A lot of the old perceptions of China as cheap, and Chinese as avid savers, are cliches from the past, tells business analyst Shaun Rein in Arnnet. And while China is catching up with the west, western companies and country should make sure they deal with a fast changing China.
Already some top Chinese companies have seen the holes in the market, such as infant formula, and advertise the fact that they cost 50 per cent more than the competition as a positive, because their supply chain is reliable. Technology is the same.
“The west is no longer light years ahead,” said Rein.
A 3M representative told Rein that 5 years ago, the company would’ve considered itself 10-20 years ahead. Nowadays Chinese firms have caught up, not just in terms of quality and price, but innovation. Its no longer a knock off game.
Lenovo is now the world’s largest PC manufacturer, and continues producing high quality devices. Xiaomi mobiles, which are middle to high end smartphones, are set to be launched in North America, alongside ZTE and Huawei who have made market share in the low end.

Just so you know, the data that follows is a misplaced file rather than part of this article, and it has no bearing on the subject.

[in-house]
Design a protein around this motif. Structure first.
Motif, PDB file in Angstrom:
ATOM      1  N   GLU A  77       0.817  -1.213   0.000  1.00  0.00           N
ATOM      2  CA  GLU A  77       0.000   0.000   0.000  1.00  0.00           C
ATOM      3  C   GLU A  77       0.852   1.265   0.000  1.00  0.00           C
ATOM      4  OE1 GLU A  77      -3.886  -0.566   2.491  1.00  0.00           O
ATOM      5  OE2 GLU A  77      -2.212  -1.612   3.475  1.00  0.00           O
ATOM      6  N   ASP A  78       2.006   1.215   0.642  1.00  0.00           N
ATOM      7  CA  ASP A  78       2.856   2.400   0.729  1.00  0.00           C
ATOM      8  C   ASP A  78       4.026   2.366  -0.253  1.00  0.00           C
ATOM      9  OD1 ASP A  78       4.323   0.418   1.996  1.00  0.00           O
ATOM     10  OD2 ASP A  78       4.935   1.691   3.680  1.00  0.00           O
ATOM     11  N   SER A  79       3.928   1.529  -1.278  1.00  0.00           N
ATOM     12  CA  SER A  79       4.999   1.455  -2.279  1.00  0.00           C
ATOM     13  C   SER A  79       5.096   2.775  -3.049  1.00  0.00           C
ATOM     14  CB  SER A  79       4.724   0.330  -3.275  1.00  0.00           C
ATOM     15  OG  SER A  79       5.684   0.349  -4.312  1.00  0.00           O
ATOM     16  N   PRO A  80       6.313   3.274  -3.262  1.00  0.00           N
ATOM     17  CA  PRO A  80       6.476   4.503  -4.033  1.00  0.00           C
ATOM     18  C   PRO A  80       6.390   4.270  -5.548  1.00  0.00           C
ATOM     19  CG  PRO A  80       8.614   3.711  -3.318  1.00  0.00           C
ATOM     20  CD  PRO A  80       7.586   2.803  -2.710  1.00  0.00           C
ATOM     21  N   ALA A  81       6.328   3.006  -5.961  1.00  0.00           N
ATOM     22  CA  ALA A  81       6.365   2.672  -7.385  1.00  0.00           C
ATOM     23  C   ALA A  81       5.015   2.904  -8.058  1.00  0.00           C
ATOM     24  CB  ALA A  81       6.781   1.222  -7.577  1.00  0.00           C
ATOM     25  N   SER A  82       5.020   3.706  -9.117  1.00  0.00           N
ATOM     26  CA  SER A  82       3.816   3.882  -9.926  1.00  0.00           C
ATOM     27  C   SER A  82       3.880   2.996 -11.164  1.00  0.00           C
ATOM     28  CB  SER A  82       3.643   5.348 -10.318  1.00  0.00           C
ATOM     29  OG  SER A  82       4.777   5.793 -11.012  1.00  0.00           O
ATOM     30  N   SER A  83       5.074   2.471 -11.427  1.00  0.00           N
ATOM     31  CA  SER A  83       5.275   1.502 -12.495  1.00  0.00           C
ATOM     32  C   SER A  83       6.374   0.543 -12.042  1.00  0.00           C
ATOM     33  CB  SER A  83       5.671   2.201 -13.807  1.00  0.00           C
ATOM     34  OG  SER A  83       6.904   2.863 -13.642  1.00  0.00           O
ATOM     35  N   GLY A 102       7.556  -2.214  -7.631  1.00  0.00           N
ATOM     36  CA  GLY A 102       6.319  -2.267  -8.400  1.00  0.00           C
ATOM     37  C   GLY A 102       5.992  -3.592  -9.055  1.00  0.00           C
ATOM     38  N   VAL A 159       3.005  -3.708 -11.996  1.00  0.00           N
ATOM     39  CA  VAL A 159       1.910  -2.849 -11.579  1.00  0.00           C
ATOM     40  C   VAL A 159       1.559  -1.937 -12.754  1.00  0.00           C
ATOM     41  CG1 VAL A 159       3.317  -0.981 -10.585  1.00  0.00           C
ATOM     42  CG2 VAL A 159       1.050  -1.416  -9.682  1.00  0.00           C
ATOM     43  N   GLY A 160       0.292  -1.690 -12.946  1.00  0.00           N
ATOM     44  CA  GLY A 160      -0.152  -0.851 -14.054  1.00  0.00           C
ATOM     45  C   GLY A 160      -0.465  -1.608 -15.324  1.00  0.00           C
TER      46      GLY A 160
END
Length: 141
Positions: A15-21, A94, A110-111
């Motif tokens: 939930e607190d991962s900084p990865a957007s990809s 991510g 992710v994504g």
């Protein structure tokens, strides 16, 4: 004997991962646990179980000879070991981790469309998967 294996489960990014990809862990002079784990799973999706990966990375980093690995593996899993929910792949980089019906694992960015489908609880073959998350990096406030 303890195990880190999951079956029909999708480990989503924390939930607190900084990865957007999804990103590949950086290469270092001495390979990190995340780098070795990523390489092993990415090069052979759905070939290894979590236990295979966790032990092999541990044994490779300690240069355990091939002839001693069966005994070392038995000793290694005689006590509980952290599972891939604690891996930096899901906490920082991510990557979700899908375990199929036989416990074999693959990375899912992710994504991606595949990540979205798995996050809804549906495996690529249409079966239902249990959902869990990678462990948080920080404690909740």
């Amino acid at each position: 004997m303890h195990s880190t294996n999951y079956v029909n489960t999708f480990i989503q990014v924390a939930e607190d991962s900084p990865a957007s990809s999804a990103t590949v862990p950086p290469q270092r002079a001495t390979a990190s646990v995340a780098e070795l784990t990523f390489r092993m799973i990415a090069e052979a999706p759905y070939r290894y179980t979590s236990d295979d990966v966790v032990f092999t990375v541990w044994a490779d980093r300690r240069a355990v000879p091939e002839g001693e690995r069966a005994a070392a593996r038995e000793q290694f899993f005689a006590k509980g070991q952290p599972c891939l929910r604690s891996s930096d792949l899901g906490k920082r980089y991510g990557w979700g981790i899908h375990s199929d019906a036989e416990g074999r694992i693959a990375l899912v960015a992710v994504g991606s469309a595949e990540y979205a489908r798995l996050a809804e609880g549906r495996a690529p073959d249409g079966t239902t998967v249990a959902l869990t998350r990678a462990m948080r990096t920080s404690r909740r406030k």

Ericsson spends $5bn in R&D, Huawei is just behind on $4.9bn, and has picked up several key contracts in Ericsson’s home turf, such as Deutsche Telekom. Rein said that Cisco executives have told him ‘we’re not that much better than Huawei anymore’.
“We are hearing the same thing in category after category,” he said.
Part of the key to this innovative surge has been the ‘bamboo ceiling’; the perception amongst China’s youthful elite that they can’t be senior executives in western corporations. This leads China’s best and brightest back home to drive growth in their home corporations, and we’re seeing the effects now.
One of the key advantages we still have left is that brand trust, which Australian tech businesses should take advantage of – and quickly, because its an advantage that’s rapidly eroding.
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